The “Black Market” will play a major role among automobile makers for the next two decades. The African-American market is “the best thing going” and if automobile manufacturers don’t establish creditable linkages for their brands with this audience they will, undoubtedly, lose significant market share and growth opportunities. The U.S. Census Bureau projects that the African-American population will grow 12 percent by 2020 and by nearly 25 percent in 2030. In 2010, the Black car-buying pace totaled 10 times that of the general market. Last year, Toyota led all automotive brands among new vehicle purchases made by African Americans. New vehicle registrations among this audience totaled 641,090 and amounted to 7.4 percent of all 2010 new vehicle registrations. Ford ranked second among African-American buyers with Chevrolet rounding out the Top 3. The demand for Buick jumped 70 percent. Korean brands are also making gains among this key buying group.
In a well-publicized campaign about “respect and reciprocity” Black newspaper publishers dared Toyota to forge better business relationships with them and the communities that they serve. In their response to Black media operators and market experts, Toyota has, in fact, set a new trend the industry. Toyota made moves to reach Black buyers where they live. Deals are being “put in place” that align automotive manufacturers’ and dealers’ specific initiatives to this audience. Toyota has America’s Black newspaper publishers have reached an advertising agreement with Toyota that will soon have their local publications promoting the benefits of purchasing a Toyota product. Toyota’s Lexus is America’s luxury market leader, but Buick, Hyundai, Kia, Cadillac, GMC and Infiniti are also doing extremely well in the African-American market and should be on Black newspaper client lists as well. However, Acura, Land Rover, Mercedes and BMW are not increasing their share of the African-American market as effectively. These companies have an opportunity to connect more with this audience and increase their market share by attracting more affluent African Americans to their brands.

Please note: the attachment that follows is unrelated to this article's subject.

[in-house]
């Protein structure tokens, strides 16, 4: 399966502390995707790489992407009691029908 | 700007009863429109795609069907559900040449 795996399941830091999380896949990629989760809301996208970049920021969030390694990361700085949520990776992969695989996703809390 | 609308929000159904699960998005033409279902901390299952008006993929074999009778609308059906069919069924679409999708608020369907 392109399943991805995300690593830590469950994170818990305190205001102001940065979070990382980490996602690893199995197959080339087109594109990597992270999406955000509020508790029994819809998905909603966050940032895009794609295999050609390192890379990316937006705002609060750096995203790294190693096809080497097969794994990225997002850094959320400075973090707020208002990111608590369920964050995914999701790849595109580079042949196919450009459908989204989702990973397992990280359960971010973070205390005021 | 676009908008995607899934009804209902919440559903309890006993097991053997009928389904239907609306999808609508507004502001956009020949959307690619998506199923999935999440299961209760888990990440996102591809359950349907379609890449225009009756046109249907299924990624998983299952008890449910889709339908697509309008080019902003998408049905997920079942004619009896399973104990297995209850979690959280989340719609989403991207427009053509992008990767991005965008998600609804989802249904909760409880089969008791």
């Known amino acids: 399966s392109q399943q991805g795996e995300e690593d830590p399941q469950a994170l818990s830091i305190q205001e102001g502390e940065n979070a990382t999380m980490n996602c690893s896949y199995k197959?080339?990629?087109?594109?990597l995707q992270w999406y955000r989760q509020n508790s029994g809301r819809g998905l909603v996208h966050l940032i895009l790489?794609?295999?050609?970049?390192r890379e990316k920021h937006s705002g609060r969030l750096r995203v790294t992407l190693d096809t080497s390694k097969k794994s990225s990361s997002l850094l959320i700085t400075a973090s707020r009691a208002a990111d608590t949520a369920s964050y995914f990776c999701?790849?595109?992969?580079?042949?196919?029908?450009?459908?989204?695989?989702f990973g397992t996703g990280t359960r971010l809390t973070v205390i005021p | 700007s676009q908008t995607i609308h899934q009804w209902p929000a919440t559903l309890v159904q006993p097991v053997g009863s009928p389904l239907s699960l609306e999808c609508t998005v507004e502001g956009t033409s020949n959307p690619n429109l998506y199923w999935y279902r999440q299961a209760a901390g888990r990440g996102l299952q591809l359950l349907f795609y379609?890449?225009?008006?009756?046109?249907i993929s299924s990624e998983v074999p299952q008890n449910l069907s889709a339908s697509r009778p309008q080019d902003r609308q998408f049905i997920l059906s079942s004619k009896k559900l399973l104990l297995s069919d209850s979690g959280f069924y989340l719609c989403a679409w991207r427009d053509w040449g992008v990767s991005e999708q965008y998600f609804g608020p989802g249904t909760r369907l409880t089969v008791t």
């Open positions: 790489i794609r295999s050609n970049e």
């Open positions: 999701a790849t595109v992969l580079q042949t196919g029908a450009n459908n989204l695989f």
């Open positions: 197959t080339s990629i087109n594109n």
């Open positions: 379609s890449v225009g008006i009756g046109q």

On the downside, “I want a 2012 Toyota Prius” isn’t a mantra of many Black car buyers. Blacks have not been vocal in terms of hyping the Prius or any of the environmentally-conscious automobiles. First and foremost is concern about the overall cost, a 2011 Prius ranges from $23,225 to $30,700. And rarely have you seen a basketball player, hip-hop artist or actor stepping out of a battery-powered Prius.
In 2011, executive leaders at Toyota had their hands full, but fought back from massive safety recalls, the global credit crisis and factories damaged in the March 11 Japan earthquake. Despite those challenges, the world’s largest automaker has restored its North American production to normal levels. This production schedule surpassed the company’s initial expectations. Shortly after the March 11 disaster, Toyota had forecast a return to normal production by November or December. But, in June, Toyota reported that eight of its 12 North American-built models returned to 100 percent output – Avalon, Camry, Corolla, Matrix, Highlander, Sienna, Sequoia and Venza. In August, Toyota confirmed 100 percent production of Tacoma, Tundra, RAV 4 and Lexus RX 350. Together, the 12 models account for nearly 70 percent of the company’s U.S. sales.
Over coming years, automotive manufacturers will seek to capture larger numbers of Black buyers. Drive by any African-American church on Sunday, and you’ll see that Blacks are also purchasing Cadillacs, Lincolns, Mercedes and BMWs. Those companies aren’t “ponying up” like Toyota. The pact between the Black Press of America and Toyota sets standards Black consumers should too demand. Black publishers want local companies and multi-nationals to understand the value of using their publications as advertising mediums; conversely, it’s important that Black consumers demand that minority-owned media firms receive a fair share of corporate or governmental advertising expenditures. So, it’s necessary that Black consumers insist on retailers’ “respect” and “reciprocity” that result in advertising purchases that equal the level of Black patronage of their products. Companies’ use of Black media to reach African-American consumers with language and content that resonates among them makes good sense. (William Reed is available for speaking/seminar projects via BaileyGroup.org)
William Reed Columnist